The use of snares isn’t apparent in the narratives from governments and the fur industry, who publicly insist that wildlife are trapped in Canada with certified traps and humane trapping methods. Information on the Government of BC’s website reads:
"Currently, a person using killing traps for beaver, bobcat, fisher, lynx, marten, muskrat, otter, raccoon and weasels (least, short-tailed, and long-tailed), or restraining traps for beaver (cage traps), bobcat, lynx and wolf is required, by law, to use only species-specific traps included in B.C.’s trapping regulations which have been certified under the Agreement." (Emphasis added)
A look into BC’s Trapping Regulations synopsis shows that the province allows killing neck snares to be used for all fur-bearing animals listed (except for black bears), given that certain design conditions are met, such as having locking mechanisms on the snares.
Killing neck snares are uncertified, legal, inhumane, and widely used. The result is that the pelts sold on the European market for fur fashion products come from Canadian wildlife who suffered tremendously, an outcome that the AIHTS was designed to prevent. As the BC government writes on its webpage: “The Agreement serves to ensure that only certified traps that meet or exceed specific animal welfare thresholds are used to trap these animals. Further, it protects Canada’s access to the European fur market and thus helps protect the wild fur industry in Canada.”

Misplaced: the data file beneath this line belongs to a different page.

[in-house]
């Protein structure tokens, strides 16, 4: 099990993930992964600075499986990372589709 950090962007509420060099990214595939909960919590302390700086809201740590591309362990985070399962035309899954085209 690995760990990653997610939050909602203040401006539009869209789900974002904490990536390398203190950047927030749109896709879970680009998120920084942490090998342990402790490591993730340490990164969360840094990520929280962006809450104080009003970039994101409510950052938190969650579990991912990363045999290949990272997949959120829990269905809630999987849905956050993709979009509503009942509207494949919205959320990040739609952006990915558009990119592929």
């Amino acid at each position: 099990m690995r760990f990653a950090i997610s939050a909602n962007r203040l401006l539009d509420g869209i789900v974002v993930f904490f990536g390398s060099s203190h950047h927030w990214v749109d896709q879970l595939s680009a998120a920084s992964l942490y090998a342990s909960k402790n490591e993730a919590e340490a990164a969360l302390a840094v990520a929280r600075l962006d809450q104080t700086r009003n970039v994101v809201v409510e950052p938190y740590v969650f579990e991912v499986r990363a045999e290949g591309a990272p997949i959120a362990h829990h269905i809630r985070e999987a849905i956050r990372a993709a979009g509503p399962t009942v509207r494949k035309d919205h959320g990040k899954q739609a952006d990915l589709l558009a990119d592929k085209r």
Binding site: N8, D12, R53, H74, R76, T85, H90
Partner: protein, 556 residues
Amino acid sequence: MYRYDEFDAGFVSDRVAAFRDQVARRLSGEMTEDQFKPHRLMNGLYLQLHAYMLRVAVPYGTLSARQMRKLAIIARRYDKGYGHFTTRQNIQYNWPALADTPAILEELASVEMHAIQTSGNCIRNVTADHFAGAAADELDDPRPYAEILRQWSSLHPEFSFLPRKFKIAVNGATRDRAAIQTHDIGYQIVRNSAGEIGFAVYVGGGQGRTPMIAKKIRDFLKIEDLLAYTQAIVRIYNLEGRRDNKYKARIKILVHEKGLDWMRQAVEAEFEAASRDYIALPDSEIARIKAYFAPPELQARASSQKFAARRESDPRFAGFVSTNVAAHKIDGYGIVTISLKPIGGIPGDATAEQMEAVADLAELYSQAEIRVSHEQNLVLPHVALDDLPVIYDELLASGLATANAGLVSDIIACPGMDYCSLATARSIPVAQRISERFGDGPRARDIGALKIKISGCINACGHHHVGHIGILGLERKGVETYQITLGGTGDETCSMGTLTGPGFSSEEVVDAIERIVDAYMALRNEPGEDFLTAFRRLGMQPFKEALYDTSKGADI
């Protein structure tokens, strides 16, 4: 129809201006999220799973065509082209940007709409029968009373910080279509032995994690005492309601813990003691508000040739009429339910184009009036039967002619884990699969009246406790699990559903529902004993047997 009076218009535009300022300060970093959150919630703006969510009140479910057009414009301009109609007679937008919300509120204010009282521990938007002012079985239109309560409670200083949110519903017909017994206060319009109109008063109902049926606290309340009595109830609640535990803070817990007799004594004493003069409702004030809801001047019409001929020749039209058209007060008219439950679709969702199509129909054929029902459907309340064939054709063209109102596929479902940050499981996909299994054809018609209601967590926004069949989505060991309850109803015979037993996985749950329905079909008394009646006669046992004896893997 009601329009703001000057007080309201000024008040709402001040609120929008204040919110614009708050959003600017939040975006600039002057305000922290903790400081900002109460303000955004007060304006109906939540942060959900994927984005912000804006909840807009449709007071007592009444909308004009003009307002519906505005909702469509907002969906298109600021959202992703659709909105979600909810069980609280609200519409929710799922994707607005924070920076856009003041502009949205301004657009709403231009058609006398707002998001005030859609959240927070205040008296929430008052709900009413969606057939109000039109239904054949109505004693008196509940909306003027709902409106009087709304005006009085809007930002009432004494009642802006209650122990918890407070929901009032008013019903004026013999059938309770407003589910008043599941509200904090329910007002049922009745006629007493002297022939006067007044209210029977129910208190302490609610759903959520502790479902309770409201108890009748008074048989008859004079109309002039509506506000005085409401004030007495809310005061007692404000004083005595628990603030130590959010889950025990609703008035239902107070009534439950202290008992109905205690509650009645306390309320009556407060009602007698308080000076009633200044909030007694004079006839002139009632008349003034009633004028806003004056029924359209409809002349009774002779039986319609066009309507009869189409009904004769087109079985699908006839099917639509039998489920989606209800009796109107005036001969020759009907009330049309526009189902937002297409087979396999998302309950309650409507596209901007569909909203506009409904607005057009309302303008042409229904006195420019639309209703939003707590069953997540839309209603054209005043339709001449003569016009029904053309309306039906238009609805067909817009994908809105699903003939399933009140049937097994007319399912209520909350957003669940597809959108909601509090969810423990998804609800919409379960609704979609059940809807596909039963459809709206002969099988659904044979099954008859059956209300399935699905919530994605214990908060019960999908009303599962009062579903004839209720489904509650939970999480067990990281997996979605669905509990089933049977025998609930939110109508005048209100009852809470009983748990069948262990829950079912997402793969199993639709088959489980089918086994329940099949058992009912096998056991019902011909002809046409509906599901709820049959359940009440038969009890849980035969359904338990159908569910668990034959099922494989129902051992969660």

With this kind of narrative around the AIHTS and trapping in Canada, the public (both in Canada and in Europe) might not know that killing neck snares are still commonly used to kill Canadian wildlife for their pelts in the commercial fur trade.
Snares and the killing of non-target animals
One of the considerations in the AIHTS is that the design of traps should minimize the capture of non-target animals. Here again, snares fail. There are numerous reports of snares capturing non-target animals including birds, ungulates, and even pets. Over a seven year period, the BC government received 24 reports of pets caught in snares, several of them fatally. Across Canada, reports of dogs being injured and killed by snares are tragically common. As snares are typically set for canids, their placement increases risks for dogs as they are set at the height of their necks in the line of travel, and trappers may use bait or scents to lure animals towards them.
The Fur-Bearers created an educational video to release your dog or cat in an emergency situation if they become caught in traps. Please share this video to those who may find the information useful.
Contact your MLA or MPP. You can look up your elected representative using our resource page by clicking here. As trapping is a provincially regulated activity, raise your concerns about the use of snare traps to your provincial representative. It is important to speak to the issue from your own voice and what it means for you as a citizen, a dog or cat guardian, and as a wildlife advocate that opposes the use of traps.